I’m a fan of Warren Buffett and his company, Berkshire Hathaway. Matter of fact, I enjoy reading his annual shareholder letter because it just doesn’t tell how his businesses are doing, it explains to the reader why he is in those businesses and how he makes money for his shareholders.
Back in 1936 a gentleman by the name of Leo Goodwin from Washington, D.C., became convinced that auto insurance could be standardized and sold without agents to the general public. His company was named Government Employees Insurance Company – later shortened to GEICO. That first year the company collected $238,288 in premiums. Warren Buffett learned of the company, became a partner, and later 100% owner of GEICO. Last year the company collected over $35 billion in premiums.
GEICO certainly is one of Berkshire Hathaway’s big winners over the years. And, I’ve heard Buffett talk about one way that insurance companies make money that most people don’t even realize. It’s called “Float”.
I will explain “Float” as a very basic concept of insurance companies. In essence, it is that period of time an insurance company has a client’s money from the time it is collected as a premium until it is potentially paid out as a claim. In that time period, the insurance company invests the money.
In this article, entitled “How Warren Buffet used insurance float to become the second richest person in the world” it is simply explained in these terms, “insurance float represents the available reserve, or the amount of funds available for investment once the insurer has collected premiums, but is not yet obligated to pay out in claims.”
That brings me to a discussion on an article recently written for Seeking Alpha by Anthony Indelicato. You can read the article here. Here are some statements Indelicato makes about Service Corporation International (SCI), the largest public company in death care:
- SCI is in a stable industry with long-term tailwinds
- The funeral and cemetery industry will have steady growth. As the population grows, so does the total number of deaths.
- In the past, SCI grew aggressively through acquisitions. Buying Alderwoods Group in 2006, Keystone North America in 2010, and Stewart Enterprises in 2013. At the time of acquisition these were second, fifth, and second largest in the death care industry. In 2011, they expanded their services by acquiring The Neptune Society, which is the largest cremation organization in the U.S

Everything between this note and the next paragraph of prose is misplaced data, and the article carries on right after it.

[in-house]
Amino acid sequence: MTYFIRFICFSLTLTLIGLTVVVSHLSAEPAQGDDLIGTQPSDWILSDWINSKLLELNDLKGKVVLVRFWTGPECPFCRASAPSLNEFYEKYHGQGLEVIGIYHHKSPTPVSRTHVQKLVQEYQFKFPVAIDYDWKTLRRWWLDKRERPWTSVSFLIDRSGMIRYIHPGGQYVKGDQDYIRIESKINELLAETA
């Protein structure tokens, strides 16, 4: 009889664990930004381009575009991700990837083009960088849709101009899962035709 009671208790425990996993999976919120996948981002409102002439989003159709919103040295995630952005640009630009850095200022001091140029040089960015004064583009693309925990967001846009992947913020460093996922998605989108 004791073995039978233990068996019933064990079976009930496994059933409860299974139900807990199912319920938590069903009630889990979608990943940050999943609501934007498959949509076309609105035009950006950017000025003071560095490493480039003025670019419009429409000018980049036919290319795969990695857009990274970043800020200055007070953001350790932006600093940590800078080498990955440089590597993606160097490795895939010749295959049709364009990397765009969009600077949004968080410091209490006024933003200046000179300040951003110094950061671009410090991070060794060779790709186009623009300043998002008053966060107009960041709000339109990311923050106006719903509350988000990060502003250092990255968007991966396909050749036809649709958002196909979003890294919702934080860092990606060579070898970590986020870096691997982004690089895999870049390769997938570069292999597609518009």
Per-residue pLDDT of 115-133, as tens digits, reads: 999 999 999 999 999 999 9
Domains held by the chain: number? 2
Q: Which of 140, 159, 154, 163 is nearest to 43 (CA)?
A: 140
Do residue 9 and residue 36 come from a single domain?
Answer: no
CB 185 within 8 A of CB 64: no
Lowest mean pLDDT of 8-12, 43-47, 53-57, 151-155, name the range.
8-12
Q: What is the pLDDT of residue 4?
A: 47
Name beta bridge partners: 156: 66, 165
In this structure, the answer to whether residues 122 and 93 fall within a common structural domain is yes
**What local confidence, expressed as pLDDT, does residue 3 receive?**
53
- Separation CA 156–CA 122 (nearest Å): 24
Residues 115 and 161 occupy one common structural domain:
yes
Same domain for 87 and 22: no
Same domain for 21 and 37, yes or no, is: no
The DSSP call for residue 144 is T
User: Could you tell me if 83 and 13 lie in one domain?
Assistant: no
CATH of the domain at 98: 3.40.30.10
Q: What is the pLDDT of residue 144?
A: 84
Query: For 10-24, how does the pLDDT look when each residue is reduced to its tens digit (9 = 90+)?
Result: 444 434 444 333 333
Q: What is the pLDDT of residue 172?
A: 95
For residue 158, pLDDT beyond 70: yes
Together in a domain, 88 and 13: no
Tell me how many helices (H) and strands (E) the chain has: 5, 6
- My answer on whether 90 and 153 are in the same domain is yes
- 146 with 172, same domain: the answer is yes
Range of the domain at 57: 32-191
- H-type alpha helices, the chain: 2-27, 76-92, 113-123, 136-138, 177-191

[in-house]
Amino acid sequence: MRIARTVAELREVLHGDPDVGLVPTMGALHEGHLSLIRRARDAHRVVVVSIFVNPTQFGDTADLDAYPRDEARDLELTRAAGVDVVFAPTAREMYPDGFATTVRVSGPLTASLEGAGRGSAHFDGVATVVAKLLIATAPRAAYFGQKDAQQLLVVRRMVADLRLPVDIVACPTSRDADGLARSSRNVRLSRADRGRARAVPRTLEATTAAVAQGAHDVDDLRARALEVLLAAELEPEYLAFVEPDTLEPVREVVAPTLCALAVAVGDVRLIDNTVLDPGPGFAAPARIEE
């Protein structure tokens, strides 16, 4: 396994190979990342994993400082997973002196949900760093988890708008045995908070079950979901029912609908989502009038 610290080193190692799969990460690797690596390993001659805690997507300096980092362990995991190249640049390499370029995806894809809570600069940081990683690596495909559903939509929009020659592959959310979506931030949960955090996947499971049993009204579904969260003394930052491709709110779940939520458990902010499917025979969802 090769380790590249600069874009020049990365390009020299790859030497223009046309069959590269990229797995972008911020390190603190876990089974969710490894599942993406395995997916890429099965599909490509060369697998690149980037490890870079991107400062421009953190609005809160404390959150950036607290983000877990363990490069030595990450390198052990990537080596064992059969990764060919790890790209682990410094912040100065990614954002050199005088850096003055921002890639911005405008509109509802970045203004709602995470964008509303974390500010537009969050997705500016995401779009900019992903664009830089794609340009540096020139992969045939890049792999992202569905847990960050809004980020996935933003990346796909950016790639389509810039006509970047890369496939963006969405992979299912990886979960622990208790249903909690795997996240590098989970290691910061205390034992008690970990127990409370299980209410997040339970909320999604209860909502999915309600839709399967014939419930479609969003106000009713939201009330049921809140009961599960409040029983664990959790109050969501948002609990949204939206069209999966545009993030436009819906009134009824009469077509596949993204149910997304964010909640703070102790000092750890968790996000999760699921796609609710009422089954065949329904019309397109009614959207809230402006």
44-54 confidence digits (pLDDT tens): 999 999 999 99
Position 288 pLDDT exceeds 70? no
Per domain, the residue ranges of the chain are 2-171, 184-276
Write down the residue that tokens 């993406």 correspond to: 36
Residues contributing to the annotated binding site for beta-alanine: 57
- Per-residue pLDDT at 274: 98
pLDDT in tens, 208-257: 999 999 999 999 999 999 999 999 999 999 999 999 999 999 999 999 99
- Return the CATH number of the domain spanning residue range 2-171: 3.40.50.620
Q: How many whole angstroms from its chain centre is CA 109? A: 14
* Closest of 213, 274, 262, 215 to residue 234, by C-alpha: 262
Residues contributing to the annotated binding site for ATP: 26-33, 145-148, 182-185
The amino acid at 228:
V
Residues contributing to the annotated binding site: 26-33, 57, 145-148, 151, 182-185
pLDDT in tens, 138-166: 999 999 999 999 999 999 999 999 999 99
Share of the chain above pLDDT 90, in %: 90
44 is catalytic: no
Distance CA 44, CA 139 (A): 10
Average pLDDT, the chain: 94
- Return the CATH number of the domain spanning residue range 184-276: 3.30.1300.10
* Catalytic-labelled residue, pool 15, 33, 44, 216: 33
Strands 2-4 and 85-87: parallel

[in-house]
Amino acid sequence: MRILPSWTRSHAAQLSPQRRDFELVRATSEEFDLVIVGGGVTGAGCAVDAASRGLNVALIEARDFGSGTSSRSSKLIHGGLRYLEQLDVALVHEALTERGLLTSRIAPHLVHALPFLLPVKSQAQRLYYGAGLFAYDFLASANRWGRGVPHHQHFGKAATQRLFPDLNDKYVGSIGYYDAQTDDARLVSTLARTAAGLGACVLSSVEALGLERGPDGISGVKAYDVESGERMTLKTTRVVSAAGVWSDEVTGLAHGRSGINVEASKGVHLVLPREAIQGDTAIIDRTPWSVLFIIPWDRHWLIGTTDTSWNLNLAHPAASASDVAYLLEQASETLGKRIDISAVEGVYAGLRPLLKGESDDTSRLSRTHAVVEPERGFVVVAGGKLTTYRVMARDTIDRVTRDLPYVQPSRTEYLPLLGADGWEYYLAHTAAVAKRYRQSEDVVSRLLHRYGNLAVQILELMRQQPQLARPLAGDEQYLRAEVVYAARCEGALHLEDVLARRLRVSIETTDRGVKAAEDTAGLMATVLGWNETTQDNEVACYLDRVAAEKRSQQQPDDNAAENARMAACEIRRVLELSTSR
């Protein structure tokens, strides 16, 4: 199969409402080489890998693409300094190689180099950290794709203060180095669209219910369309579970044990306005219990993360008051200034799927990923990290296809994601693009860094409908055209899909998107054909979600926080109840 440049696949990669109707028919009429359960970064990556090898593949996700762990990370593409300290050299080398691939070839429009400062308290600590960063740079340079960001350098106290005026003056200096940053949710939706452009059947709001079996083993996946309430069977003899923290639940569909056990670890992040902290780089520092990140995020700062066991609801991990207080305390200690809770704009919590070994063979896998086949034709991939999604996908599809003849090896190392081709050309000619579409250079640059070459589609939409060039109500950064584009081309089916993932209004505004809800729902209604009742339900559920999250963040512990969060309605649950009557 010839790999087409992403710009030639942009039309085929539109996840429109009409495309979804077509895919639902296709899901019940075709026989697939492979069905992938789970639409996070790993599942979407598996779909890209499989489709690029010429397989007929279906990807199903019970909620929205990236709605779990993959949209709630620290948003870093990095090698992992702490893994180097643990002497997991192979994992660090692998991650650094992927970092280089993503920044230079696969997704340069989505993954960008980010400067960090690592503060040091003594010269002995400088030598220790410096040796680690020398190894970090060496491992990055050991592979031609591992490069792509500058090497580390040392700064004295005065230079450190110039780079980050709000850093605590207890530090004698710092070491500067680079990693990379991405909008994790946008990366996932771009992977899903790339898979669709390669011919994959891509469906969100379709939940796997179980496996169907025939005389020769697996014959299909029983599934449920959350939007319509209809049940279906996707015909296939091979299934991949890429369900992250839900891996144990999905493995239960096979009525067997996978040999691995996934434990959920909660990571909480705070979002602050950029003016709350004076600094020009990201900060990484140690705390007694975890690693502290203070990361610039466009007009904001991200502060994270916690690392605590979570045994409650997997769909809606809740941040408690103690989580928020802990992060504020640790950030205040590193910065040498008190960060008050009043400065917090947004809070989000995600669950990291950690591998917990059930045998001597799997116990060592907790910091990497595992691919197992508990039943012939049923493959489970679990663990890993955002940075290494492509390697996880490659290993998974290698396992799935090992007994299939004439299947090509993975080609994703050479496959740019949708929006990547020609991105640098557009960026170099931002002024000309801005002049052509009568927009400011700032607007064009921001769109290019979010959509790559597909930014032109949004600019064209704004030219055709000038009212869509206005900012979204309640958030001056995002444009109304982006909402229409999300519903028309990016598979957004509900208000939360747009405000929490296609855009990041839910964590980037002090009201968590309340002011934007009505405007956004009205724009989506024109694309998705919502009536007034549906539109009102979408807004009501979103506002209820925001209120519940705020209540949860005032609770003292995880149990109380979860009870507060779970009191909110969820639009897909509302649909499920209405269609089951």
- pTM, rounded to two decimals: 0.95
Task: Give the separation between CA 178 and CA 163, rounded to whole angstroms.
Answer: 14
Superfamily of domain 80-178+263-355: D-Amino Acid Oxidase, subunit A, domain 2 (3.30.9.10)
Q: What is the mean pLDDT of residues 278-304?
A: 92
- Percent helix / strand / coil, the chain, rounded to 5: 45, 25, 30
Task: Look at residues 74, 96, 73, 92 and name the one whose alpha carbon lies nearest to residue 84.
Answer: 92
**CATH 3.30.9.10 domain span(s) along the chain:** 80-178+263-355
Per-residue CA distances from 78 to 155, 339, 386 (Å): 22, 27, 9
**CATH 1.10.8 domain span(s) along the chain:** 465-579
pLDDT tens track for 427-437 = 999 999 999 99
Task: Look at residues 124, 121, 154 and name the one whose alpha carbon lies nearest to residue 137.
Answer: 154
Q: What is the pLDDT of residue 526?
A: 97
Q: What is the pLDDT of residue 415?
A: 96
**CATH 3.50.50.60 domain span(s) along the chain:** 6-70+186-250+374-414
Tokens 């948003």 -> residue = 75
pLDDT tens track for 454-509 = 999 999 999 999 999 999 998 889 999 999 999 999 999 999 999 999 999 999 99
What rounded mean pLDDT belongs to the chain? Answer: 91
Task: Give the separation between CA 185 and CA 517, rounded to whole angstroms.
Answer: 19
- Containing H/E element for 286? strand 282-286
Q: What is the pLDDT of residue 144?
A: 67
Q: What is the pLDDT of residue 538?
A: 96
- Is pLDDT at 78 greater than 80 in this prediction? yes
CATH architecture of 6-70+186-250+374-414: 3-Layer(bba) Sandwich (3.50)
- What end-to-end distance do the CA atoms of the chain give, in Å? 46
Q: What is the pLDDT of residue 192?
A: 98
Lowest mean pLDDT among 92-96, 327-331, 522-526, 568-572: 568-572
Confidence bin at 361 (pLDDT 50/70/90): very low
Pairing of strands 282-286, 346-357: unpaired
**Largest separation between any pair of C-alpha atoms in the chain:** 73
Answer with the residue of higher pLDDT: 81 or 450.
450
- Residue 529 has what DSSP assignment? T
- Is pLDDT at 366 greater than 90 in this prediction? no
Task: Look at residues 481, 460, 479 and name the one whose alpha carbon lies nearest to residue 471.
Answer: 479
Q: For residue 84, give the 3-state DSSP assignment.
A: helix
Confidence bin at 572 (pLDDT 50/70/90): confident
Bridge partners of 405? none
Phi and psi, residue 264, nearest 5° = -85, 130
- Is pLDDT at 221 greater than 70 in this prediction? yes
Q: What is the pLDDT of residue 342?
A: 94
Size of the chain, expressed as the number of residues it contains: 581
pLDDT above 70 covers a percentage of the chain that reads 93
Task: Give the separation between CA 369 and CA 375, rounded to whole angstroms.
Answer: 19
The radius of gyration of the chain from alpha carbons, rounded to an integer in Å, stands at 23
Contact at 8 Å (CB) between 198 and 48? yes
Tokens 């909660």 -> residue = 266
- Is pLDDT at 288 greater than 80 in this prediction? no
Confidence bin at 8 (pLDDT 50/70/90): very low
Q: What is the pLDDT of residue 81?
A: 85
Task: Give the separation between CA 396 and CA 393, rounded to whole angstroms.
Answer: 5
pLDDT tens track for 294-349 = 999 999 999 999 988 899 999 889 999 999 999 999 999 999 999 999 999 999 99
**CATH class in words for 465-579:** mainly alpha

- With no acquisitions on the horizon, management has spent years on operating efficiencies which have finally worked their way to the income statement
And, here is where author Indelicato sees, what some may believe is an even better opportunity than being the leader in death care moving forward. Indelicato points out in his opinion:
- “SCI sees the amount of preneed sales almost doubling by 2035”
- “SCI is slowly building an unrealized value monster through investments of the preneed cash receipts”
- “This process creates float for cash that is waiting to be used.”
- “The hidden treasure chest is hidden within SCI’s float.“
Indelicato goes on to point out that, according to the most recent 10-Q filing by SCI, the fair market value of the SCI preneed trust fund was estimated to be over $6 billion of well diversified assets. Since 2018, he suggests that the fund has grown 42%.
Finally, in the article Indelicato insinuates that while property and casualty and auto insurers have future claims where they are unsure of the potential consequences of carrying that risk, SCI has a somewhat “predetermined” level of risk because it is the death care expenses it will be liable for. The result of this, according to Indelicato is that SCI can be slightly riskier on the investment assets it holds and potentially gain even higher returns on “float” than traditional insurers do.
Disclosure— The author of this articles holds a stock position in Service Corporation International.
More news from the world of Death Care:
- Funeral care in the era of Covid: What has changed? The Stamford Advocate (CT)
- State proposed $753k in fines for Georgia cemetery company. Video story and print article. 11 Alive TV – (GA)
- Delays in death records leave Georgia families in limbo. The Atlanta Journal Constitution. (GA)
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